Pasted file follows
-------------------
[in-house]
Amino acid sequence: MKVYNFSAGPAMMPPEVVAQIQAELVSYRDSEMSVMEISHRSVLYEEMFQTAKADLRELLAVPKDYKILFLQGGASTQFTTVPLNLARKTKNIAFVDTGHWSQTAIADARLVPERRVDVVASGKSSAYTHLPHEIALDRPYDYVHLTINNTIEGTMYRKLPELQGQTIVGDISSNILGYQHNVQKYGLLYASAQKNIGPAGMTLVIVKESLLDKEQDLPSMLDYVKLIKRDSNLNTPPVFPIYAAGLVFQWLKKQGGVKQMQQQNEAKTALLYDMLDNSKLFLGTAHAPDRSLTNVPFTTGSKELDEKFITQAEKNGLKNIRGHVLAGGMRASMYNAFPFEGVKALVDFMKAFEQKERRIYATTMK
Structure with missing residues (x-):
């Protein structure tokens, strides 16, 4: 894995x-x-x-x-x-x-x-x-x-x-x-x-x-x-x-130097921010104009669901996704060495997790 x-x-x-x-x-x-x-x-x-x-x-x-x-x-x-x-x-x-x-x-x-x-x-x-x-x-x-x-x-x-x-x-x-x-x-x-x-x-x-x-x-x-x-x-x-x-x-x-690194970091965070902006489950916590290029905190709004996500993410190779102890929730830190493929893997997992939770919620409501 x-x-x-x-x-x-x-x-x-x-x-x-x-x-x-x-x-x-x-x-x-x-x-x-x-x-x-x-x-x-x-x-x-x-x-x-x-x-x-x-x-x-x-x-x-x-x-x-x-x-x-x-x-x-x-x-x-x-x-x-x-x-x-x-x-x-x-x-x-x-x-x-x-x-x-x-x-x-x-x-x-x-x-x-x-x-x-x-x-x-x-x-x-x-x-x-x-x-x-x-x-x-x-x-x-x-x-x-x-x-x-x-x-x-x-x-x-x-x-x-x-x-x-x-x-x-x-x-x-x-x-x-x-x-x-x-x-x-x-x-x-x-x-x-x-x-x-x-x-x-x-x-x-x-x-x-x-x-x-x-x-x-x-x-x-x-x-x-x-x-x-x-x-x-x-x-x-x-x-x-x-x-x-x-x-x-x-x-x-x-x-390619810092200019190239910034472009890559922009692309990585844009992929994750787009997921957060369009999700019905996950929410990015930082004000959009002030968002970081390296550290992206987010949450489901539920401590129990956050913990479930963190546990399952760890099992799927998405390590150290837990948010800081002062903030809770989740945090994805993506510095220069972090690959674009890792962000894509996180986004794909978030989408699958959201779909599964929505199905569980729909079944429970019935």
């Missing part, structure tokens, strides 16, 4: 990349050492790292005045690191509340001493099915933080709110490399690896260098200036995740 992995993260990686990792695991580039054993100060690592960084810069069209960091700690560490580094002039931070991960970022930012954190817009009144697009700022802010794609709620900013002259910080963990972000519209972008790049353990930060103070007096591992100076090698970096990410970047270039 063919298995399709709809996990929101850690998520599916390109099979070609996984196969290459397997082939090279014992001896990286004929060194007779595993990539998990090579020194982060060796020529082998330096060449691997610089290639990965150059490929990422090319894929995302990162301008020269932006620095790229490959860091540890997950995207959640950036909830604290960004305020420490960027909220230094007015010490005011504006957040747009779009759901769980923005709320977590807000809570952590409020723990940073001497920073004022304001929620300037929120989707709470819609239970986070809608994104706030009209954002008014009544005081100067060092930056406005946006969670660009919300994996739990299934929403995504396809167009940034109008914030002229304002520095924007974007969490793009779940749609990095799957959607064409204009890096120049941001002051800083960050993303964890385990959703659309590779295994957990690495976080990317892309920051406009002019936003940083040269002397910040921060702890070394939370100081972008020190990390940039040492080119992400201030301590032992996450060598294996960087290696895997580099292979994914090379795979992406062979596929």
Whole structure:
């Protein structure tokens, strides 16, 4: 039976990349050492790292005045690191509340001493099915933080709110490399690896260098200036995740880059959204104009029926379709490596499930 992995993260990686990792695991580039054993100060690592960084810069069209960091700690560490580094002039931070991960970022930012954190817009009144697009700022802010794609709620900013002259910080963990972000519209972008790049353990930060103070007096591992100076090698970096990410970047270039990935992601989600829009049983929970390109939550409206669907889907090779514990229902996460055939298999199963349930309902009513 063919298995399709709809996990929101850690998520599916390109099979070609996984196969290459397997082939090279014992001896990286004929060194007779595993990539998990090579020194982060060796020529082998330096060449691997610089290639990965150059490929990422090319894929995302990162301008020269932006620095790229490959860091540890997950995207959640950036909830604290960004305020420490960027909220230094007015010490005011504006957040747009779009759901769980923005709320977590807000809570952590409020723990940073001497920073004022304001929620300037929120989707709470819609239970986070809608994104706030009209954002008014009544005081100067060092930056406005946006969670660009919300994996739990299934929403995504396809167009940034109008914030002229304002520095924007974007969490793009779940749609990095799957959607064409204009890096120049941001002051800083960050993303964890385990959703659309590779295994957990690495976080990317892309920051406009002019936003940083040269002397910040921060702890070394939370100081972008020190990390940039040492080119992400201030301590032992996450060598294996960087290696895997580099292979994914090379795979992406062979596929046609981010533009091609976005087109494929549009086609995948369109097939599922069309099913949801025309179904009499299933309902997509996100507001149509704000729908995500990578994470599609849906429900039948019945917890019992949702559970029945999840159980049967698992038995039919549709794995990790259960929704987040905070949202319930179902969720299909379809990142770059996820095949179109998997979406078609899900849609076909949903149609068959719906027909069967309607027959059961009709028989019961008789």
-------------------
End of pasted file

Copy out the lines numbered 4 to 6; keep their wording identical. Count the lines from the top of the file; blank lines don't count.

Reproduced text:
């Protein structure tokens, strides 16, 4: 894995x-x-x-x-x-x-x-x-x-x-x-x-x-x-x-130097921010104009669901996704060495997790 x-x-x-x-x-x-x-x-x-x-x-x-x-x-x-x-x-x-x-x-x-x-x-x-x-x-x-x-x-x-x-x-x-x-x-x-x-x-x-x-x-x-x-x-x-x-x-x-690194970091965070902006489950916590290029905190709004996500993410190779102890929730830190493929893997997992939770919620409501 x-x-x-x-x-x-x-x-x-x-x-x-x-x-x-x-x-x-x-x-x-x-x-x-x-x-x-x-x-x-x-x-x-x-x-x-x-x-x-x-x-x-x-x-x-x-x-x-x-x-x-x-x-x-x-x-x-x-x-x-x-x-x-x-x-x-x-x-x-x-x-x-x-x-x-x-x-x-x-x-x-x-x-x-x-x-x-x-x-x-x-x-x-x-x-x-x-x-x-x-x-x-x-x-x-x-x-x-x-x-x-x-x-x-x-x-x-x-x-x-x-x-x-x-x-x-x-x-x-x-x-x-x-x-x-x-x-x-x-x-x-x-x-x-x-x-x-x-x-x-x-x-x-x-x-x-x-x-x-x-x-x-x-x-x-x-x-x-x-x-x-x-x-x-x-x-x-x-x-x-x-x-x-x-x-x-x-x-x-x-x-390619810092200019190239910034472009890559922009692309990585844009992929994750787009997921957060369009999700019905996950929410990015930082004000959009002030968002970081390296550290992206987010949450489901539920401590129990956050913990479930963190546990399952760890099992799927998405390590150290837990948010800081002062903030809770989740945090994805993506510095220069972090690959674009890792962000894509996180986004794909978030989408699958959201779909599964929505199905569980729909079944429970019935």
């Missing part, structure tokens, strides 16, 4: 990349050492790292005045690191509340001493099915933080709110490399690896260098200036995740 992995993260990686990792695991580039054993100060690592960084810069069209960091700690560490580094002039931070991960970022930012954190817009009144697009700022802010794609709620900013002259910080963990972000519209972008790049353990930060103070007096591992100076090698970096990410970047270039 063919298995399709709809996990929101850690998520599916390109099979070609996984196969290459397997082939090279014992001896990286004929060194007779595993990539998990090579020194982060060796020529082998330096060449691997610089290639990965150059490929990422090319894929995302990162301008020269932006620095790229490959860091540890997950995207959640950036909830604290960004305020420490960027909220230094007015010490005011504006957040747009779009759901769980923005709320977590807000809570952590409020723990940073001497920073004022304001929620300037929120989707709470819609239970986070809608994104706030009209954002008014009544005081100067060092930056406005946006969670660009919300994996739990299934929403995504396809167009940034109008914030002229304002520095924007974007969490793009779940749609990095799957959607064409204009890096120049941001002051800083960050993303964890385990959703659309590779295994957990690495976080990317892309920051406009002019936003940083040269002397910040921060702890070394939370100081972008020190990390940039040492080119992400201030301590032992996450060598294996960087290696895997580099292979994914090379795979992406062979596929």
Whole structure: